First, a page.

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Feel the Lurb: New bill’s influence could undermine local decision making

See saw
The much-heralded levelling up and regeneration bill may not, upon scrutiny, have quite the desired effect, says Hannah Richins

The levelling up and regeneration bill presents significant changes to the English planning system which aligns with the government’s levelling up agenda and aims to rebalance disparities seen across the country. 

The levelling up bill follows from the 2020 planning white paper which presented some radical ideas on planning reform, most notably the adoption of a zonal planning system. Whilst many of the suggested proposals from the 2020 white paper have not followed into this Bill, there are some similarities. Principally, the two papers share a desire to bring about fundamental changes to our planning system.  

Despite the focus of the bill being on rebalancing geographical disparities and devolving powers to allow this, there seems to be a shift in how local authorities make decisions regarding development in their local areas. 

What changes will we see to local plans?

Through the levelling up bill we have seen a proposal to amend Section 38(6) of the Planning and Compulsory Purchase Act (2004) to take account of “national development management policies” (NDMP) alongside development plans in decision-making. 

These NDMPs will sit alongside the policies made in a local plan and will cover high-level strategic issues such as green belt and heritage assets. These national policies will be derived from the NPPF and will guide decision-making at a local level. Essentially reducing the discretion that local authorities can apply when determining applications. 

With strategic issues forming the basis of the national policies, we will see local plans shrink in size and hopefully in the time they take to produce. In removing such issues, the Examination of these new local plans, in theory, will be more concise and less divisive. 

Deviations from the local plan

In its current form, Section 38(6) denotes that planning permission should be determined in accordance with the development plan unless material considerations indicate otherwise. With the suggested amendments to this subsection, we now know that the NDMPs should also be taken into account when determining an application.

“Given that strategic considerations are made at a national level, the bill’s proposals may also decrease the amount of autonomy local authorities have in determining applications”

However, additional changes proposed to this subsection also indicate that deviations from both the development plan and NDMP can only occur where ‘material considerations strongly indicate otherwise’. The introduction of ‘strongly’ to this passage will mean that it will be harder for applicants to justify deviations from both local plans and the NDMPs and likely open-up a raft of litigation. 

With the changes to Section 38(6) of the PCPA comes a question of mechanics. The interaction of local plans and the NDMP will be simple when they accord with one another. However, where local plan policies conflict with the national development management policies we will see greater weight applied to the latter, bringing the national development management policies to the forefront of most decision-making that occurs in the planning system.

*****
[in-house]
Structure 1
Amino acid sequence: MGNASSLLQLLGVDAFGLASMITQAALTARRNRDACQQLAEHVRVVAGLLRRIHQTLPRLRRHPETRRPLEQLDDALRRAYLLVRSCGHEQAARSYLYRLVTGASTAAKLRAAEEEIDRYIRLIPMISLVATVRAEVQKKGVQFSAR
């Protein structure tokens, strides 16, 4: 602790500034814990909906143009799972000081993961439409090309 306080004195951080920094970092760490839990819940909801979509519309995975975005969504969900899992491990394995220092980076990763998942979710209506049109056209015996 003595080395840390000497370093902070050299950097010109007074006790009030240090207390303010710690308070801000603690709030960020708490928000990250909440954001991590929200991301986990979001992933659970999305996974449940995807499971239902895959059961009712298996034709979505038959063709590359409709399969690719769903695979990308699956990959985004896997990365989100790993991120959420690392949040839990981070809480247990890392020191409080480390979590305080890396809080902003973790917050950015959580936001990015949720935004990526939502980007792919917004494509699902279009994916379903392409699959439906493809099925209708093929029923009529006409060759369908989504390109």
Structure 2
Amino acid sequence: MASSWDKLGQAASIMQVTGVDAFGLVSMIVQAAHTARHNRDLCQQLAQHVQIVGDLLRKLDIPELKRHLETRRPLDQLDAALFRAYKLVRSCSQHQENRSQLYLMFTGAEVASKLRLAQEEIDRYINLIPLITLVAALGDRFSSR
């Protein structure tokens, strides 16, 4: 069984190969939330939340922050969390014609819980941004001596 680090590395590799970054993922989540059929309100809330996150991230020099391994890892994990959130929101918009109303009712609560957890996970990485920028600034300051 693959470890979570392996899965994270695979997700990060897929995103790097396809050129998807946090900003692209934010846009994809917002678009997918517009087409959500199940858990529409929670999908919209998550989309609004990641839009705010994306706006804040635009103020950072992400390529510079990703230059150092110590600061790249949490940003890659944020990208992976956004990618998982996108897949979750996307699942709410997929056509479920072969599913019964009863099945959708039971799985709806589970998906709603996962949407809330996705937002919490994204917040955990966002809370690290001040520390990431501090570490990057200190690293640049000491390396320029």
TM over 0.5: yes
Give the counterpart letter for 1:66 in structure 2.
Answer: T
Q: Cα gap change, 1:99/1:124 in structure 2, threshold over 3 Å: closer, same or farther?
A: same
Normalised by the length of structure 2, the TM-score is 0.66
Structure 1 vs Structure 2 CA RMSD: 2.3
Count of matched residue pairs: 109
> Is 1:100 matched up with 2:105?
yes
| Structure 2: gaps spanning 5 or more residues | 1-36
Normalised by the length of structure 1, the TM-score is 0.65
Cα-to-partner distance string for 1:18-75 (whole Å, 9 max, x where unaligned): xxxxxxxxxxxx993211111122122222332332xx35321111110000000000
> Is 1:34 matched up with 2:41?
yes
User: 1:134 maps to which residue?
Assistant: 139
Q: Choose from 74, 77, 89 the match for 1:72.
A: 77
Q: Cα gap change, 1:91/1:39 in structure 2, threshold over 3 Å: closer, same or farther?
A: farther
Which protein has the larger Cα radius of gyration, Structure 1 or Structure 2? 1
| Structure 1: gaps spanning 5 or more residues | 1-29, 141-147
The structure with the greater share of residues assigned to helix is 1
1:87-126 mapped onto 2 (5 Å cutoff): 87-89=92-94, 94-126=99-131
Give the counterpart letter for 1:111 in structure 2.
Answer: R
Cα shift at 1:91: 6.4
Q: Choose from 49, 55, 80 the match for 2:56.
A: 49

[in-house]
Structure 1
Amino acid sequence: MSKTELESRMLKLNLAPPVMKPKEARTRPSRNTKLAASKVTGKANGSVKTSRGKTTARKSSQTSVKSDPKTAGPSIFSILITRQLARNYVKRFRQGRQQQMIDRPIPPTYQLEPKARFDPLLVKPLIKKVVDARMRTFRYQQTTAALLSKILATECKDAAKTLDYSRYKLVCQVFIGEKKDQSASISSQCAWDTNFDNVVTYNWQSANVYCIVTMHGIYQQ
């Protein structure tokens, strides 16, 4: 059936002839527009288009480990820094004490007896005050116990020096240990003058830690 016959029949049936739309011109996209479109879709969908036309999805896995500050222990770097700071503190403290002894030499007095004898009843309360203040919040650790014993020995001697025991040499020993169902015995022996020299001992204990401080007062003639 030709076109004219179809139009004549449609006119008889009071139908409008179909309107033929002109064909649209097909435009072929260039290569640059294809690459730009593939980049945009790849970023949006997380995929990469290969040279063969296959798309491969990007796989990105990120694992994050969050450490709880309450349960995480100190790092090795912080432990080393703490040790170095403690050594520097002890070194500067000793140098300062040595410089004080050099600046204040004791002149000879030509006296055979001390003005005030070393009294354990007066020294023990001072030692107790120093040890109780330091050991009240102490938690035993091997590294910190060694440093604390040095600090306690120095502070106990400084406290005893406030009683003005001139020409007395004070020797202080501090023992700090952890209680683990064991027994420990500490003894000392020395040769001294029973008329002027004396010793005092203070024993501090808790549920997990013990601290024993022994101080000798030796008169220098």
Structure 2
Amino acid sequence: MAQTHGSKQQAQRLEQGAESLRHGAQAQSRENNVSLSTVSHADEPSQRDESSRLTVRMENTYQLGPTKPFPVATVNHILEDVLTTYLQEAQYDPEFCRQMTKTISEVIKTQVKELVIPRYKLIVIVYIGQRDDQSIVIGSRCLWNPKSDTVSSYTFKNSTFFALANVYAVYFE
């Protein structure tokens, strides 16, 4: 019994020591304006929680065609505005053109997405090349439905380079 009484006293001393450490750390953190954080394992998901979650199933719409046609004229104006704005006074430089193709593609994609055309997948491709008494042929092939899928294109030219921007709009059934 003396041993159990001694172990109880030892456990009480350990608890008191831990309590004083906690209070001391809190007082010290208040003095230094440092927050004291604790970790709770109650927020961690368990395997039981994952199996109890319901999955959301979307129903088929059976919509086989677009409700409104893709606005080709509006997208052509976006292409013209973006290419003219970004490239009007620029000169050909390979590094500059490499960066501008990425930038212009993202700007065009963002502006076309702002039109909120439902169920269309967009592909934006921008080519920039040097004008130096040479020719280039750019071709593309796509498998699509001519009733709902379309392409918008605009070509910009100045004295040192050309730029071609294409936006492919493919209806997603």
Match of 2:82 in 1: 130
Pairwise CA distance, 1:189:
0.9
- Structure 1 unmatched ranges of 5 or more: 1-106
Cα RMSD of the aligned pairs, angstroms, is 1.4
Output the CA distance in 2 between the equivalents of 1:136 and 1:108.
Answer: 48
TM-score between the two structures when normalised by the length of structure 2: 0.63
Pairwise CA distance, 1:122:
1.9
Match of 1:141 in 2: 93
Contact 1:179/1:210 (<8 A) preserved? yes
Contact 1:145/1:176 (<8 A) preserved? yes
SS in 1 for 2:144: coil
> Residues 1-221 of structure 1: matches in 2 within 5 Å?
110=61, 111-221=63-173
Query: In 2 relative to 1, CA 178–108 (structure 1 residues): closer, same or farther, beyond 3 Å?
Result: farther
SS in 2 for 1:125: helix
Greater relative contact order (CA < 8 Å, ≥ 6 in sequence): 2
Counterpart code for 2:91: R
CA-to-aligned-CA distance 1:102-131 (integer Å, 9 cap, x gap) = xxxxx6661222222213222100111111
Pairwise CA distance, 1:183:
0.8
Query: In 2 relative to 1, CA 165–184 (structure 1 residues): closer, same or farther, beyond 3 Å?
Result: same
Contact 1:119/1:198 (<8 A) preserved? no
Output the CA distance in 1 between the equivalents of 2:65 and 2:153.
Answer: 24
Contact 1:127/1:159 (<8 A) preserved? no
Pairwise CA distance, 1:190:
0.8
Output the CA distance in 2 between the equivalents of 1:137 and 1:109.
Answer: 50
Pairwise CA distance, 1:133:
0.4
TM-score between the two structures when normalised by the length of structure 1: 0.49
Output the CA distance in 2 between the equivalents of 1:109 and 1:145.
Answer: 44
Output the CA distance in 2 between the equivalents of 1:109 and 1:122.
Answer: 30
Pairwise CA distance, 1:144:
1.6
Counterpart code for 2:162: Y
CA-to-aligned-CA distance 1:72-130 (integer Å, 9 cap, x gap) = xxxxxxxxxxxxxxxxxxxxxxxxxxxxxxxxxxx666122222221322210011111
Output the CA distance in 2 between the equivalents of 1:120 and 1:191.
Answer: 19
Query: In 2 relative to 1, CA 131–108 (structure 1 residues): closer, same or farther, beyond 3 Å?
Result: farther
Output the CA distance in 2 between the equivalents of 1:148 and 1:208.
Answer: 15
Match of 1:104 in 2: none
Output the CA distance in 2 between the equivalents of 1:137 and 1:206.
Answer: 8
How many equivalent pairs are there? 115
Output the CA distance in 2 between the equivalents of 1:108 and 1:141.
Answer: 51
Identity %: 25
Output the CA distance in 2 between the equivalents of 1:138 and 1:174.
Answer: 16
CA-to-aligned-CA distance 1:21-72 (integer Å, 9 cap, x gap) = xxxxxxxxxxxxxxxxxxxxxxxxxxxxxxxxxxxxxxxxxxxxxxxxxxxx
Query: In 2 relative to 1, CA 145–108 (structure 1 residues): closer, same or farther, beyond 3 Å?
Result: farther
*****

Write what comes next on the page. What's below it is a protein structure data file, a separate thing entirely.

What will this mean for local plans?

Whilst the proposed changes to local plans may free up local authorities to spend more time on localised decisions, given that strategic considerations are made at a national level, it may also decrease the amount of autonomy local authorities have in determining applications. 

For some local planning authorities, this will empower them to give greater consideration to local issues however for others, especially those shrink wrapped by green belt, we may see a reduction in productivity. Challenging decision making may be taken from their hands and determined by the secretary of state.  

In addition, given the greater weight to be applied to the NDMPs and that applications must now strongly indicate why a deviation is necessary, we may see applicants turning from local authorities and toward government given the weight to be applied to the NDMPs. Again, this may not incentivise local authorities to positively plan.  

Last thoughts

The proposals put forward through the levelling up and regeneration bill present significant changes to the ways in which local plans operate and function when determining planning applications. Whilst some local authorities will view these changes as a chance to bring clarity to determination, others will view it as a reduction in the discretion applied to decision-making. 

Like most things in planning, only time will tell. If our comparison is the planning white paper released two years ago, then our concerns may be presumptuous. However, it will certainly be interesting to see how the levelling up bill affects local decision-making, for better or worse.  

Hannah Richins is the strategic planning manager at Story Homes – a housing developer operating across the north of England and southern Scotland

Photo credit | THAMTECT, Shutterstock


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